Fortescue, Henry (DNB00)
FORTESCUE, Sir HENRY (fl. 1426), lord chief justice of the common pleas in Ireland, was the eldest son of Sir John Fortescue, governor of Meaux, and brother to Sir John, lord chief justice of England [q. v.] It is probable that he was a student of Lincoln's Inn, and almost certain that he was elected member of parliament for Devon on 11 Nov. 1421 (Return of Members of the House of Commons, 1878, pt. i. p. 299). His appointment as chief justice of the common pleas in Ireland is dated 25 June 1426, and for a short period his name occurs several times in the ‘Calendar of the Irish Chancery Rolls.’ From these entries, which contain all that is known of his career, it appears that a salary was assigned to him of forty pounds per annum, which was soon afterwards altered to forty pence per diem, in addition to the custody of certain manors. Fortescue held his appointment only for seventeen months, and was ‘relieved’ from it by the king's writ on 8 Nov. 1427. Almost immediately afterwards he was commissioned by the Irish parliament to accompany Sir James Alleyn on a mission to England, to lay before the king the grievances of his Irish subjects. Again, in 1428, he was sent with Sir Thomas Strange by the lords and commons assembled in Dublin, with the concurrence of Sir John Sutton, the lord-lieutenant, with a number of articles of complaint to be laid again before the king. One of the grievances which he was instructed to represent related to the insults and assaults made upon himself and Sir James Alleyn during their former mission, from which it may be concluded that their first visit to the court had not met with much success. The other griefs for which the parliament prayed redress related to the frequent changes of governors and justices, to the debts left behind them by each successive lord-lieutenant, to the exclusion of Irish law students from the English inns of court, and to the treatment of Irishmen travelling in England. There is no further mention of Fortescue in the ‘Patent Rolls,’ nor is anything known as to his after life, beyond the record of an action brought against him to recover certain lands in Nethercombe, Devonshire. He was twice married, each time to an heiress, the first being Joan, daughter of Edmund Boyun and heiress of the estate of Wood, South Devonshire; and the second the daughter and heiress of Nicholas de Fallapit. He left sons by each wife, who each inherited their respective mothers' properties, and founded two branches of the Devonshire family of Fortescue.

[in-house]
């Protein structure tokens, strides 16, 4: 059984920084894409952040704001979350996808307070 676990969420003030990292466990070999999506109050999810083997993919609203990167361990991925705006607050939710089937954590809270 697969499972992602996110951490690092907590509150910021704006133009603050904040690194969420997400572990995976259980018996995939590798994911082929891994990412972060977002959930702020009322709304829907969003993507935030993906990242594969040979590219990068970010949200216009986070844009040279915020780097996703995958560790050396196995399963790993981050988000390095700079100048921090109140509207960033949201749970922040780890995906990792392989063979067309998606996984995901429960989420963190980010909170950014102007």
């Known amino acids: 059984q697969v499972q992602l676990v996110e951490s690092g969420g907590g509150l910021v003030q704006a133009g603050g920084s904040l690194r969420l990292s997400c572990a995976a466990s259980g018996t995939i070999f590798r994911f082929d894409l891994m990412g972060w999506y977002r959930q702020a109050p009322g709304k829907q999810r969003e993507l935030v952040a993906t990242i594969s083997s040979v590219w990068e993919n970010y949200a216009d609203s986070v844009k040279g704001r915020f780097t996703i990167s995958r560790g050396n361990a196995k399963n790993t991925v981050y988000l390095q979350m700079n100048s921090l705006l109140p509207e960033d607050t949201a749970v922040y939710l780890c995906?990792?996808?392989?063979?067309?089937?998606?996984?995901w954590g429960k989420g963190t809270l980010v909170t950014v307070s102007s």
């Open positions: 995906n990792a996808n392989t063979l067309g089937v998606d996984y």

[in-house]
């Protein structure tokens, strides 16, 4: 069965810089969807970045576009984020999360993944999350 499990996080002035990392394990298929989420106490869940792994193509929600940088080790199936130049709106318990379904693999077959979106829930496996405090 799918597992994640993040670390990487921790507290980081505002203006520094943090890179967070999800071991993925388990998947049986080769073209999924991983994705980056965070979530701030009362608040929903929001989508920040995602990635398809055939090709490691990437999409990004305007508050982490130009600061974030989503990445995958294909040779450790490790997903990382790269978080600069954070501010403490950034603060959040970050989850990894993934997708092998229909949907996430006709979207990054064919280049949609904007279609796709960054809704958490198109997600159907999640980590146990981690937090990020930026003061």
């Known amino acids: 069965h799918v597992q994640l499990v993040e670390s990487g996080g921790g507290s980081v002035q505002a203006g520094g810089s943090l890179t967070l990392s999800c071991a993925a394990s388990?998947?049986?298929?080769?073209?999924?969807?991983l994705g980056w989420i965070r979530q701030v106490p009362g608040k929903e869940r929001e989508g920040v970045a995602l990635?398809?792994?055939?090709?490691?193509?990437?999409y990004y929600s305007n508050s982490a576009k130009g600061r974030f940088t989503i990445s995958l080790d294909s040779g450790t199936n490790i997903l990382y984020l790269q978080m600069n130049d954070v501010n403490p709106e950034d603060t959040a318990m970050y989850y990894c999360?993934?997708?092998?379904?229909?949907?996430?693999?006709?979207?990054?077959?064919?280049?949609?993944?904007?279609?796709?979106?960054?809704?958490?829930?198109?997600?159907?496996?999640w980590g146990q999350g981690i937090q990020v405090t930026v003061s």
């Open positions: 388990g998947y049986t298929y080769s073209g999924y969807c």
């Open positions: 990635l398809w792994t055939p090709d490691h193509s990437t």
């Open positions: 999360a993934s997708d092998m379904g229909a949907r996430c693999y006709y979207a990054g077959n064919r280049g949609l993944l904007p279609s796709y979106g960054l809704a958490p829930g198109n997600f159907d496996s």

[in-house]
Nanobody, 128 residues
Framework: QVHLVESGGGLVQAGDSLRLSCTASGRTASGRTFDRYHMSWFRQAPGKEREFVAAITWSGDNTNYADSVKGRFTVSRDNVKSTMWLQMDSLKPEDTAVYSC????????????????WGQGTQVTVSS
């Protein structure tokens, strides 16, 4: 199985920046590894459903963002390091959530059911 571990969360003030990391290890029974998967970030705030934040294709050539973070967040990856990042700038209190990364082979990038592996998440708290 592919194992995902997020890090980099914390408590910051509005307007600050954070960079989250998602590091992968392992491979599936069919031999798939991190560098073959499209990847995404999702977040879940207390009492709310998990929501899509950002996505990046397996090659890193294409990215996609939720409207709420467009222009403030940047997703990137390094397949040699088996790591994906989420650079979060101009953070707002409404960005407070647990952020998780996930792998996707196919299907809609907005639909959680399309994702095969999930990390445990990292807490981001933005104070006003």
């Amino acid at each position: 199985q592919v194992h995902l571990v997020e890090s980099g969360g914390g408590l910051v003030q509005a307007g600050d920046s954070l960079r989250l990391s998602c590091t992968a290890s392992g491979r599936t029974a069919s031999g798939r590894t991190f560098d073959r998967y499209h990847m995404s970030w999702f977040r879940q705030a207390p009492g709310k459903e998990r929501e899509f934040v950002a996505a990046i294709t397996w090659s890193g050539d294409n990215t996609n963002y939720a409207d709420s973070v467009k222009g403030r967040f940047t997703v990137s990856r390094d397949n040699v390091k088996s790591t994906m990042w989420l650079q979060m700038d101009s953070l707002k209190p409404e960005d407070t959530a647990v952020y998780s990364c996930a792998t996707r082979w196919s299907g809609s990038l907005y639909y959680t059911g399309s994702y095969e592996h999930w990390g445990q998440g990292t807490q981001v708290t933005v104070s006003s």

[Lord Clermont's Hist. of the Family of Fortescue; Rotulorum Patentium et Clausorum Cancellariæ Hib. Calendarium, pp. 241, 243, 244 b, 246, 248, 248 b, 249.]